Early on, we received an invitation to perform at a famous jazz club in Hollywood. I was ecstatic! Even better, we were scheduled to connect with the drummer for the Brian Setzer Orchestra who was going to work with the band before the show. Once we arrived, I went in the club to set the stage while the musicians unloaded the gear from our tour bus. For some reason after about 20 minutes everyone was in except the drummers, who always have the most gear. So, I sent everyone else in the band out to help them. I guessed it was taking them extra time because they had so much equipment. After about 10 more minutes all the musicians shuffled in along with the drummers, but no one was talking. I noticed why. None of them were carrying drums. We had traveled across country to play this big show to work with a celebrity drummer and NO ONE BROUGHT THE DRUMS! Since we had multiple bands and drummers on the tour, they each assumed the other was bringing the gear.
Thankfully, the guest clinician was able to call some friends and round up a drumset for us to borrow. It slowed us down a bit, but the show came off great. This was an important lesson early on to remind me that if multiple people are in charge, then really no one is. From that time on I have made sure that for every task assigned only one individual is responsible to make sure it gets done.
What do you think makes your company stand out? Can you share a story?
One thing that makes the Soundhouse incredibly unique is the fact that we do so much to contribute to the arts and the success of its clients, and we’re still is a highly profitable business model. Typically, educational institutions that do this much good rely on a non-profit model to survive. At the Soundhouse, we created an educational product that is so exciting and effective that people are willing to pay for it. The result? For the last 12 years virtually 100% of our graduates have received college scholarships, averaging well over $1,000,000 annually.
Are you working on any exciting new projects now? How do you think that will help people?
For the last 20 years the Soundhouse has won scores of awards and impacted thousands of lives from just one location in Utah. As of right now, we have completed our first round of funding and are moving on to the next round of fundraising as we look to expand the Soundhouse around the globe with a projected 140 locations in the next 10 years. While the music education model we have developed has received rave reviews across the U.S., I realized that if I really wanted to have a chance to impact music education globally, we would need to have a presence everywhere.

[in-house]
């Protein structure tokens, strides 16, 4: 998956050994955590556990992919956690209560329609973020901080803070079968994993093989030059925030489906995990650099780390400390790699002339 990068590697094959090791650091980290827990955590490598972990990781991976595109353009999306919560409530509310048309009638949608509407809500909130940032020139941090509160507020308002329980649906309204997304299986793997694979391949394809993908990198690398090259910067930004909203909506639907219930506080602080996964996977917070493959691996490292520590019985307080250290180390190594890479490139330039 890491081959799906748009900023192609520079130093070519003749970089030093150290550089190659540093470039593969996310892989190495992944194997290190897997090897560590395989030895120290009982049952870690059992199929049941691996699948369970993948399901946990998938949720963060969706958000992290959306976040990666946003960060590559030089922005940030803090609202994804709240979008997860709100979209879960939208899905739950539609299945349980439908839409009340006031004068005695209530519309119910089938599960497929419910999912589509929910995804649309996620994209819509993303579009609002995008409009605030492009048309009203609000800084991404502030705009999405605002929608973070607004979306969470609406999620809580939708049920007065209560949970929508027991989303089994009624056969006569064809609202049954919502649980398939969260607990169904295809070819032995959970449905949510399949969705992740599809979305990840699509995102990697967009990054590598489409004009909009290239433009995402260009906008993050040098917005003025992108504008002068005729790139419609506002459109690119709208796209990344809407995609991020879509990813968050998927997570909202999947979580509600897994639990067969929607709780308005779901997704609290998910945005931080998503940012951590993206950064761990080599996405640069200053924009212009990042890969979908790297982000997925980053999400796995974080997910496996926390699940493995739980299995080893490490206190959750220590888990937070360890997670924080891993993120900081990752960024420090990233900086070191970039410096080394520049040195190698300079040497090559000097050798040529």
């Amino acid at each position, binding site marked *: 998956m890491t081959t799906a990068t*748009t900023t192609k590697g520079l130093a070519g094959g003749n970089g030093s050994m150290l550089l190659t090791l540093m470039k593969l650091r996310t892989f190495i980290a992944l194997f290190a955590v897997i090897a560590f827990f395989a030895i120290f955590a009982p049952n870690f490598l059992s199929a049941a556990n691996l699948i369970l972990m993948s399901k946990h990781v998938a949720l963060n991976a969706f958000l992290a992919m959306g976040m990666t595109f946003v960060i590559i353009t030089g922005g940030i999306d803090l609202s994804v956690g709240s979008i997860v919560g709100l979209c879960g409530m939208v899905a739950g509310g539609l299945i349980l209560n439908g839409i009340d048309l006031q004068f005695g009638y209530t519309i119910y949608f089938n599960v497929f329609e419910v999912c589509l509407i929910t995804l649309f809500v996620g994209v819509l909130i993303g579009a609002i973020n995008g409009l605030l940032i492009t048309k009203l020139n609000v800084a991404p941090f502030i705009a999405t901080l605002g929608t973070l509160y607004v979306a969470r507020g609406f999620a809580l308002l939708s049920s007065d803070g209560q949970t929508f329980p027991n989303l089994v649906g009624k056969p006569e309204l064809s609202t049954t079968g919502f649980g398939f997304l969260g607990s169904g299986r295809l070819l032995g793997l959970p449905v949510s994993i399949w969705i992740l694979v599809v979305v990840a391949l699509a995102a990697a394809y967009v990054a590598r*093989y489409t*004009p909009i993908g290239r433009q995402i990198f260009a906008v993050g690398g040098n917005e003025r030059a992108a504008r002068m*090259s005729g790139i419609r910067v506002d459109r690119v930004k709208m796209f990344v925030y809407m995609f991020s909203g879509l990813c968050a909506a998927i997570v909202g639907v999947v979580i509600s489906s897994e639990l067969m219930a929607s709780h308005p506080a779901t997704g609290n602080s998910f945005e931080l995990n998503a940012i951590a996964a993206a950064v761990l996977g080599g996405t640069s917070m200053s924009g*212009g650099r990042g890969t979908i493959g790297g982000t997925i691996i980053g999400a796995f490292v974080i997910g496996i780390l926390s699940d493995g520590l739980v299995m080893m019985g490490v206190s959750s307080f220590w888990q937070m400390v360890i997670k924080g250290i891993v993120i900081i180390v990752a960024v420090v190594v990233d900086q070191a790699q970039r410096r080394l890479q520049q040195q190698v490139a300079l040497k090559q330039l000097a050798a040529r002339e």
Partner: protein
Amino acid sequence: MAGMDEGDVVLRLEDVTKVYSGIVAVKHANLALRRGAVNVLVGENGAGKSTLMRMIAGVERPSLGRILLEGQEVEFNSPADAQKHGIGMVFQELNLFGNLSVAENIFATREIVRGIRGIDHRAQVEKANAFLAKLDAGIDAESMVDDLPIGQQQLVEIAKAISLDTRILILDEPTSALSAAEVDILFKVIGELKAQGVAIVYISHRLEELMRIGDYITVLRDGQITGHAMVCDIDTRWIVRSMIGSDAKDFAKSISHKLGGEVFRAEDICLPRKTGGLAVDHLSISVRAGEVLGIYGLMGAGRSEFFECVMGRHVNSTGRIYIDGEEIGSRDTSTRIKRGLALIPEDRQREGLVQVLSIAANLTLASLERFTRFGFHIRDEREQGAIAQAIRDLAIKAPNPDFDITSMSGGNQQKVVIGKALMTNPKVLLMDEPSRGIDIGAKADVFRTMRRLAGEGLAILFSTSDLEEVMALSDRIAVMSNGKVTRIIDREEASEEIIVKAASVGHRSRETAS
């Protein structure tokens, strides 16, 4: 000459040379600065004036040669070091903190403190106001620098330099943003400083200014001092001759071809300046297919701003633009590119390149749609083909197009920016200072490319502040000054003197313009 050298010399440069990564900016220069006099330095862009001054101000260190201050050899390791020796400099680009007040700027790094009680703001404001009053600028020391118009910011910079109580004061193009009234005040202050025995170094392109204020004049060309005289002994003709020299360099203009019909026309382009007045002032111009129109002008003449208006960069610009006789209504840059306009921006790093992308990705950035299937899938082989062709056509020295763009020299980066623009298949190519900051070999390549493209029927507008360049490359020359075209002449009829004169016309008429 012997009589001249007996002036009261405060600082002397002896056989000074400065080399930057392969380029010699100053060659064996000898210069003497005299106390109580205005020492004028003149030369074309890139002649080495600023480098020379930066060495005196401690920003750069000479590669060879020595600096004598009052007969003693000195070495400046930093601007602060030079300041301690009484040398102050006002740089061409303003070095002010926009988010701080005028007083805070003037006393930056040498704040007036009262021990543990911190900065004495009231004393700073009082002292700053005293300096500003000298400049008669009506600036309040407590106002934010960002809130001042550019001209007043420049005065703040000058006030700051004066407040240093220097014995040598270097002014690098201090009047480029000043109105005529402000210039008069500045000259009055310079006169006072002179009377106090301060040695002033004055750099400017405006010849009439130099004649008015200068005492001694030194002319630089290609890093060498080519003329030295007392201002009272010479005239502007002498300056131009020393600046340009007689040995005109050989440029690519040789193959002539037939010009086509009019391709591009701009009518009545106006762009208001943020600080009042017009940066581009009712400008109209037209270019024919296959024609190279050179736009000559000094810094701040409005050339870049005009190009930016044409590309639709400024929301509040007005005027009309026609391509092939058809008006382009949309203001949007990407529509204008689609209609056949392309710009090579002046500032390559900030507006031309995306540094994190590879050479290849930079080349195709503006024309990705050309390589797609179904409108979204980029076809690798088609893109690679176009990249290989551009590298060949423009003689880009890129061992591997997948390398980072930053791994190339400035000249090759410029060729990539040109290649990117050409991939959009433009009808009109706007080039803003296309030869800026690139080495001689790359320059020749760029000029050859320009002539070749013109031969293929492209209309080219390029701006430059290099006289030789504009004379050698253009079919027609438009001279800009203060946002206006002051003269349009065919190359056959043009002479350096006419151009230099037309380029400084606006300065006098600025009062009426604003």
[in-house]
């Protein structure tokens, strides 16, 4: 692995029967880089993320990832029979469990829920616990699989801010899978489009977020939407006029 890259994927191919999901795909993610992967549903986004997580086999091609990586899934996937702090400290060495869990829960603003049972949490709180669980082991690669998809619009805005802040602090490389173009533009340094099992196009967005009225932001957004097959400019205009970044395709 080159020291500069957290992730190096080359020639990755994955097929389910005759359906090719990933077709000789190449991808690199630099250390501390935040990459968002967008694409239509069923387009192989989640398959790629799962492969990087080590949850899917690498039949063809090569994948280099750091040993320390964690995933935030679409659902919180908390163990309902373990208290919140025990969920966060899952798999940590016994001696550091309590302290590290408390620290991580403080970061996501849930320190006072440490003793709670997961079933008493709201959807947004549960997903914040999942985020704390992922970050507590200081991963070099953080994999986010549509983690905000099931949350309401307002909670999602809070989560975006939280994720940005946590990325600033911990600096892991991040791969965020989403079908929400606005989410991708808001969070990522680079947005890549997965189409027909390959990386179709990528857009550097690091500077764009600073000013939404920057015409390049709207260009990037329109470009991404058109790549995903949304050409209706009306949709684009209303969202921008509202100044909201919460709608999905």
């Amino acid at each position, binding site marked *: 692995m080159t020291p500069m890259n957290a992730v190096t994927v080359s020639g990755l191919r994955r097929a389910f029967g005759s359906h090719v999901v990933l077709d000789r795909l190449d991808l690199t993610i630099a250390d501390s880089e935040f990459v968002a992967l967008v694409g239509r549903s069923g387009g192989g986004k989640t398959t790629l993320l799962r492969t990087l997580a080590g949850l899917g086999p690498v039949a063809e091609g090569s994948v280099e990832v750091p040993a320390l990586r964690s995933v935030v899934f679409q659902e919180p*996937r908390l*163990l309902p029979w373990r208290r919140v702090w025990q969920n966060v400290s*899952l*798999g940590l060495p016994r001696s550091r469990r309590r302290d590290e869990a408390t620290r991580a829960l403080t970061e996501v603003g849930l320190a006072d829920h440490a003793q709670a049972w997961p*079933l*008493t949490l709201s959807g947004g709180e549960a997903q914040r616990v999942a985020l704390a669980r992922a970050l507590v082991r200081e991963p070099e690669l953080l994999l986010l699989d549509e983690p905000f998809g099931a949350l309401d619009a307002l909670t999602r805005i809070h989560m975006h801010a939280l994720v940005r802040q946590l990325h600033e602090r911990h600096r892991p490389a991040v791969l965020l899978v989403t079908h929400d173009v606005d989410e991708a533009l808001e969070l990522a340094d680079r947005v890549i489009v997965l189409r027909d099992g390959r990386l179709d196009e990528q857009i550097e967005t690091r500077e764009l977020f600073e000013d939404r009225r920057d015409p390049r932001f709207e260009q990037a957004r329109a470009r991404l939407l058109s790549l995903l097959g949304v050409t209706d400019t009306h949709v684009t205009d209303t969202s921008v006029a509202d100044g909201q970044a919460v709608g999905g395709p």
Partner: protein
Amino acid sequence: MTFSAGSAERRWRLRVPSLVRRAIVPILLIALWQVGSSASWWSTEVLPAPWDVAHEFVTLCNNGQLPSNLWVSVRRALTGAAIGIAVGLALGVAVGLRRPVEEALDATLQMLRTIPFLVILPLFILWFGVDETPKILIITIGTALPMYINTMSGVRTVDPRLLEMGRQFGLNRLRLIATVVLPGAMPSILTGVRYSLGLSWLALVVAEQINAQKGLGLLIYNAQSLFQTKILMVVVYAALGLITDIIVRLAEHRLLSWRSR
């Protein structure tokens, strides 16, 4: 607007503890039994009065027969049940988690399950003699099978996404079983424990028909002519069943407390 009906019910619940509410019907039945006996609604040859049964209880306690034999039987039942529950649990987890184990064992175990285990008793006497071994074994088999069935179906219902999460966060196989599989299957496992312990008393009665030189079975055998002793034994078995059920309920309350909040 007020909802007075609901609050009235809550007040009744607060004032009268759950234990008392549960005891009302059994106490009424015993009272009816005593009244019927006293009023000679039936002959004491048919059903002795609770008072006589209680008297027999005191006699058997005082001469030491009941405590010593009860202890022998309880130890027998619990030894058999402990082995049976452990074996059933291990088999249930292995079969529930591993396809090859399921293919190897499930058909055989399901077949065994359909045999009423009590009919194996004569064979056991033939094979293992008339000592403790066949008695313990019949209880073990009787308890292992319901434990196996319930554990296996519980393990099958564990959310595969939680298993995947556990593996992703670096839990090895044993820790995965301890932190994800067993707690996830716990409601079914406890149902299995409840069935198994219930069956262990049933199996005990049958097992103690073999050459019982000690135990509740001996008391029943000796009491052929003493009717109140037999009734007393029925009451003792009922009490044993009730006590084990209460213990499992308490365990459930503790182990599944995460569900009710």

What advice would you give to other C-Suite executives or founders to help their employees to thrive?
Booker T. Washington said “Few things help an individual more than to place responsibility upon him, and to let him know that you trust him.” I think many executives understand the first half of this principle but lose out on the benefits of following through with the second half. It’s critical to not just give our people responsibility, but also let them know that we have the confidence they will be successful.
At the Soundhouse, our musicians regularly achieve what most people would assume to be impossible. They are able to do this because we tell them they are capable, and they believe it. It is no different with our employees! Share your confidence in them and they will rise to the occasion.
How do you define “Leadership”?
Of course, there are countless definitions of leadership, but for me it’s the art of painting a clear picture of a destination and motivating a team to want to go there. It doesn’t matter how well a leader can share the vision of an organization if it doesn’t align with the desires of the team. THAT is the real challenge of leadership — getting everyone within the organization (who have different personalities, priorities, and motivations) to want to not only arrive at the same end goal, but also take the same path to get there.